If Jesus died for anything, he laid down his life like most social prophets and martyrs as a complete and utter refutation and relinquishment of any vestiges of earthly kingdoms. Whatever the subsequent followers of the donkey king would retrospectively make of him, he was regarded by the powers that be as nothing more than a nuisance. As more than one biblical scholar has pointed out, the real significance of Jesus’ crucifixion lay in the fact that anyone subsequently noticed and cared about the execution of a nobody. Yet it is the way of a nobody — not a somebody — that has so often altered the way of an otherwise weary world.read more
“Why look for the living among the dead?” [Luke 24:5] “We live in a post-resurrection age, which in many ways is not unlike that of the first followers of a Galilean peasant sage and martyr, who was …read more
Once upon a time, God was Good, and Good was born in each of us. Good took on human form to move across the face of the earth. As we let Good direct us, it taught us …read more
Beatitude Nine: “Blessed are you when people revile you and persecute you and utter all kinds of evil against you falsely on my account. Rejoice and be glad, for your reward is great in heaven, for in the same way they persecuted the prophets who were before you.”read more
Beginning with the traditional opening from Charles Wesley, this moves into a progressive Christian expression of resurrection.
Christ the Lord is risen today – Alleluia!
Mortal tongues and angels say: – Alleluia!
As a progressive clergy person from my first day in the pulpit, thirty years ago, I always felt that everything from Lent to Easter Sunday was the most important and exciting season for Christians. It was another opportunity to teach and even to practice the path of kenosis, to move beyond our familiar boundaries of mind and body by learning to let go and change.read more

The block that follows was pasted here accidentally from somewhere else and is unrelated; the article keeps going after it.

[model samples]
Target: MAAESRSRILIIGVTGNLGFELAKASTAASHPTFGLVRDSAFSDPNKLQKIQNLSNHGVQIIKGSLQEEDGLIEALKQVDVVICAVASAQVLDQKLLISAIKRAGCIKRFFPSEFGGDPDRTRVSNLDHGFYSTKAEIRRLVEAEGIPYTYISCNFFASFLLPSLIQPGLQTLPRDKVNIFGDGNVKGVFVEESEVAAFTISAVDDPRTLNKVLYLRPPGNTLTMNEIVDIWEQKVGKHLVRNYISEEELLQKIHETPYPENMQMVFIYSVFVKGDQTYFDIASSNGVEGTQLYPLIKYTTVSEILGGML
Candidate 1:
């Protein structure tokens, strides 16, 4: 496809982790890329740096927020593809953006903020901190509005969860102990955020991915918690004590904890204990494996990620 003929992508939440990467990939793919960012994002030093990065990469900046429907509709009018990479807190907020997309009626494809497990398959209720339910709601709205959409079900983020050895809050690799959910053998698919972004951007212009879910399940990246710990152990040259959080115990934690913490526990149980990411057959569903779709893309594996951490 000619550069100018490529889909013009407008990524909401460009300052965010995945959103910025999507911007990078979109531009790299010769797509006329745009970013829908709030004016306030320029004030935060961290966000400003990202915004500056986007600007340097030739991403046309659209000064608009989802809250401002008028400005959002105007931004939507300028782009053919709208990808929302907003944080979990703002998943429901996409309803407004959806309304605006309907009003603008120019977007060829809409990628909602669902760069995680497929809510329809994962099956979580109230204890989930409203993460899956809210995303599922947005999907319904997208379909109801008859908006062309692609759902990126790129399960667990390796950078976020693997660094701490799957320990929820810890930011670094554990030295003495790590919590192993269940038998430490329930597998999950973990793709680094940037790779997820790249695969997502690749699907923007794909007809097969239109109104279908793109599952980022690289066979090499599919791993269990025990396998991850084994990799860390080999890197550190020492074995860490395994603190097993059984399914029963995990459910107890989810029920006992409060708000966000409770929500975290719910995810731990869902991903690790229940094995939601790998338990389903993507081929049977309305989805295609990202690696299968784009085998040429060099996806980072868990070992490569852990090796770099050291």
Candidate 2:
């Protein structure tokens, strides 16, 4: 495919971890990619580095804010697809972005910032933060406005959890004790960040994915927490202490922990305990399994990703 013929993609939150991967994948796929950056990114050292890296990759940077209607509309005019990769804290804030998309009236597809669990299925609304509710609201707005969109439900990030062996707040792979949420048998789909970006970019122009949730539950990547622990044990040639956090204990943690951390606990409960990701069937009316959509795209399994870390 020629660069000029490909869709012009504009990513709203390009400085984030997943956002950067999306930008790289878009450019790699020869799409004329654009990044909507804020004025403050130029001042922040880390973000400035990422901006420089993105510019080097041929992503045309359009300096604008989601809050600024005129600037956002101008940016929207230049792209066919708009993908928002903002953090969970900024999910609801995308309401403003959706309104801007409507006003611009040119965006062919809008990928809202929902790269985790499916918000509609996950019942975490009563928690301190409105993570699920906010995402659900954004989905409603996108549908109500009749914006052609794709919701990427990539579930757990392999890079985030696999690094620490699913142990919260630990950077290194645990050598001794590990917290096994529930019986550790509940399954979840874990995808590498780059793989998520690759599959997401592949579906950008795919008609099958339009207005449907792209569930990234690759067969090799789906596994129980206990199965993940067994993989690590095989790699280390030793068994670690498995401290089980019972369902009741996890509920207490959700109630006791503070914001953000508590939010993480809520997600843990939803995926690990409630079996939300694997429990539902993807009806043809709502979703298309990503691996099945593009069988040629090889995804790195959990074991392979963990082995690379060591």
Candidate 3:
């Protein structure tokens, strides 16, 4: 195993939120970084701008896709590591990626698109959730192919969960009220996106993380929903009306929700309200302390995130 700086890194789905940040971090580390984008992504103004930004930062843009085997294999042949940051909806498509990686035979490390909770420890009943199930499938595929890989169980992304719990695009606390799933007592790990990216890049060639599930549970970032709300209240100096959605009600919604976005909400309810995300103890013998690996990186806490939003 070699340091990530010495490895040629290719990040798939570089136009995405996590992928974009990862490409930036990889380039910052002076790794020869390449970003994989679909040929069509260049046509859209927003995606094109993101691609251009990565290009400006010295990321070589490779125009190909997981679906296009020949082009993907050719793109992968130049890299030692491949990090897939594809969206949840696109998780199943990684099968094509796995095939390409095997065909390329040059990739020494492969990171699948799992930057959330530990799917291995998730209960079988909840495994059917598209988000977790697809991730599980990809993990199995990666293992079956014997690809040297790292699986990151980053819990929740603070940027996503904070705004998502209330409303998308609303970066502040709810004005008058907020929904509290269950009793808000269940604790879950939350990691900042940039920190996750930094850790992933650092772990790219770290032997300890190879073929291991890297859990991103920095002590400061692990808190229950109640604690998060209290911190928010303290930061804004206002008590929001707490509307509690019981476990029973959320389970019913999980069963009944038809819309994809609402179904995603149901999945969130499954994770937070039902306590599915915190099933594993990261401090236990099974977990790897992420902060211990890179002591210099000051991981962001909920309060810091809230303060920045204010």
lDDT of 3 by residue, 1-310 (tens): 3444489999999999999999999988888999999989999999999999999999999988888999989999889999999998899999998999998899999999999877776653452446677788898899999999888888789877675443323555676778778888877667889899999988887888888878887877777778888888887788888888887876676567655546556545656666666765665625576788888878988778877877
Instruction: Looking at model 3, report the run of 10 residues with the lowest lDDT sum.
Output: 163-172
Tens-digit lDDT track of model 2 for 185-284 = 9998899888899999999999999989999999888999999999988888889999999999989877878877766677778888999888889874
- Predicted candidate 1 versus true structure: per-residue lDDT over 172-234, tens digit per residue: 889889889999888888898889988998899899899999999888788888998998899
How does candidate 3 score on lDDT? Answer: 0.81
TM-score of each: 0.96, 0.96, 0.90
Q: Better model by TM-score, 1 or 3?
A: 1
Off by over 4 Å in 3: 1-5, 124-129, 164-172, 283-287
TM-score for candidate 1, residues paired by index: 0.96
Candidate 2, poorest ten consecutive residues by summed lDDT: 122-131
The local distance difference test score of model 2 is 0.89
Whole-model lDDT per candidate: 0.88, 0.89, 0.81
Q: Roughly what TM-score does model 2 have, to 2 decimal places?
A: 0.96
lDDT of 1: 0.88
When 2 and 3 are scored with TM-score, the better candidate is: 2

Palm Sunday and Passion Sunday… a worship service from Soul Link Faith Community, a new church plant in Mansfield PA. The pastor’s story follows the order of worship.read more
Lo! Christ is with us, risen from the tomb;
Love for one another, conquers hopeless doom;
Let the church with gladness, hymns of joy now sing:
For with Christ arisen, death hath lost its sting.
Welcome to the liturgy of The Namaste Church!
We proclaim and celebrate this Easter season because it links Jesus with all life, with transformation, and with possibility of life beyond our imagining. Easter offers meaning and hope to all people.
The celebration of Easter is the acknowledgement of the power of the divine spirit working through us to transform the most negative of situations. Let us commit ourselves to overcoming hate with love.read more
The Year of Luke is the first in a series of commentaries on biblical scripture found in the three-year cycle of Christian liturgical readings of the Revised Common Lectionary. Instead of interpreting these readings as a precursor …read more
It was carved with hand tools on a rough slab of native red rock: “Marcelito L. Baca – murio a la edad de 17 dias (died at the age of 17 days) – 1919”. It was planted …read more
I’ve titled this as about the Resurrection, which is just one part of a complex of beliefs… but let’s return and end there… What similarities or differences do you see in Paul’s Resurrection statements and beliefs and those of the early Jerusalem Jesus-followers?read more
Nonviolence requires training. It requires the humility to take correction from someone you can trust to see your shadow better than you do. It also requires you to forgive yourself when you give in to the violence crouching at the door, and keep at it. Don’t give up on nonviolence.read more
But Easter invites us to a radical new perspective. What has to die? Everything! Our roles, our identities, all of who we believe we are, personally, culturally, socially, even spiritually. It all has to go!read more